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The Toronto Sun CareerConnection

Pushing back at workplace bullies


For fed-up nurses at one New Brunswick hospital, the "code pink" is their unique way of coping with one of worst scourges of the modern workplace -- the bully boss.

The nurses could no longer stand the vile temper and bad language directed at them by one particularly belligerent physician, but hospital administrators were not sympathetic.

"They came up with a solution on their own to curb his behaviour," said Marilyn Noble, a Fredericton-based researcher in workplace bullying.

"When he is on a rant, they call a code pink. Any nurse who can spare the time comes and stands in a circle as a silent observer and watches him. The impact is he looks up, realizes there are witnesses who might report him and he shuts down."

Workplace bullies -- people who target workers for intimidation, belittlement and humiliation -- are themselves becoming the targets of individuals and groups promoting respectful and safe workplaces in Canada.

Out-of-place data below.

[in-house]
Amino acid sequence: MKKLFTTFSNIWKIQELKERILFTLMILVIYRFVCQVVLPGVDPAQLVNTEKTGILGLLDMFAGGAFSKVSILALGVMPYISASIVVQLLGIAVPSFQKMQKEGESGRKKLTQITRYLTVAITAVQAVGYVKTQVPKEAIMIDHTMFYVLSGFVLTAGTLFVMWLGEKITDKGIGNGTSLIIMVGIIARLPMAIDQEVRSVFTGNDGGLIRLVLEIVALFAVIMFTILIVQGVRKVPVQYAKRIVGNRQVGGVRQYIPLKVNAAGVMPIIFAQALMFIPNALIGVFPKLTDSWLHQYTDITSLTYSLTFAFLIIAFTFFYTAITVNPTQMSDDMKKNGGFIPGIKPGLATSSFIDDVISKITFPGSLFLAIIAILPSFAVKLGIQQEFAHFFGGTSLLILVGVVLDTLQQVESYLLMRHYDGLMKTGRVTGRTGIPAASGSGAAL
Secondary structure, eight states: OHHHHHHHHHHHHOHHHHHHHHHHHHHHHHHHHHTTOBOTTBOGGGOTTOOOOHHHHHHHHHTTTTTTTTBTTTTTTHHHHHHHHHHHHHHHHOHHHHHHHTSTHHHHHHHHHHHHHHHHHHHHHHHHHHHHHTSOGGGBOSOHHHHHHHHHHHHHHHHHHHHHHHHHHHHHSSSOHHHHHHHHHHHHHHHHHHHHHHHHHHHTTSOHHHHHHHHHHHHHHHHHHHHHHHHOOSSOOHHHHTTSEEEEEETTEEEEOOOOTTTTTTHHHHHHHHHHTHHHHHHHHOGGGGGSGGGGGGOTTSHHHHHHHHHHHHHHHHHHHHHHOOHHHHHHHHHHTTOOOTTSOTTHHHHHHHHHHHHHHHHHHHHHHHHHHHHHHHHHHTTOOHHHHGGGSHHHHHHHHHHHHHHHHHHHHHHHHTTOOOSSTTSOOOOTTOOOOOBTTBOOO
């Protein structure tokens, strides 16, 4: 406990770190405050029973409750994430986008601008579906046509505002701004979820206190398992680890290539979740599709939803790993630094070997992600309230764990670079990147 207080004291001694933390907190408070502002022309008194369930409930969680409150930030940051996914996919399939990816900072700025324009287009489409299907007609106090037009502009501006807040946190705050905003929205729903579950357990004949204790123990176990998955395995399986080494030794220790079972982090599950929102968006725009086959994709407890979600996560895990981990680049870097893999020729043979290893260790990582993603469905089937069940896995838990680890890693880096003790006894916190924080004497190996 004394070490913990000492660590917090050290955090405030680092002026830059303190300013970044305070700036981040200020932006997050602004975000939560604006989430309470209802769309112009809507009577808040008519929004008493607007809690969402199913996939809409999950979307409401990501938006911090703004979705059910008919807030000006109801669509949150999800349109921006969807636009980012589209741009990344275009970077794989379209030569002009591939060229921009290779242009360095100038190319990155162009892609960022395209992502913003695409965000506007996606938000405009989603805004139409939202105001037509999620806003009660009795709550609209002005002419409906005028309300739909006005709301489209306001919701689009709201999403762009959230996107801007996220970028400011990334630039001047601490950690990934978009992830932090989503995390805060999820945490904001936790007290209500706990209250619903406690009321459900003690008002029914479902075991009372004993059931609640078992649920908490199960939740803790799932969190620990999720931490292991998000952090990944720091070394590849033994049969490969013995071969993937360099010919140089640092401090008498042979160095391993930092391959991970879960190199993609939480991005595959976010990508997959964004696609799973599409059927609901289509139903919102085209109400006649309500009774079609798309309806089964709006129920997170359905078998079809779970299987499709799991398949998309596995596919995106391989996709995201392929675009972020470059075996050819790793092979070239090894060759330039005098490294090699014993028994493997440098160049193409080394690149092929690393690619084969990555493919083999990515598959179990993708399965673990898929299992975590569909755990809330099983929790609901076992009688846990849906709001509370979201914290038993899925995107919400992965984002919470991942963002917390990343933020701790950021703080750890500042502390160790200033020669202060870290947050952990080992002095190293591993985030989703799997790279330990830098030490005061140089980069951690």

Marilyn Noble, a researcher studying workplace bullying at the Muriel McQueen Fergusson Centre for Family Violence Research in Fredericton, says she has been besieged by people with stories about office bullies.

When Noble appeared recently on a CBC Radio phone-in show, the lines lit up with people talking about their grim situations in the workplace, including one man who said he was suicidal after dealing with a supervisor he described as a "sociopathic serial bully."

Heather Gray, CEO of Threat Assessment and Management Associates, said there's much more at stake in controlling bullying than simply keeping workers productive -- it's a major safety issue.

Gray points to the case of OC Transpo in Ottawa, where four employees were fatally shot in April 1999 by Pierre Lebrun, who then took his own life.

Lebrun had been teased for years by his co-workers at the public transit, but the company had never addressed the bullying problem.

-- CP



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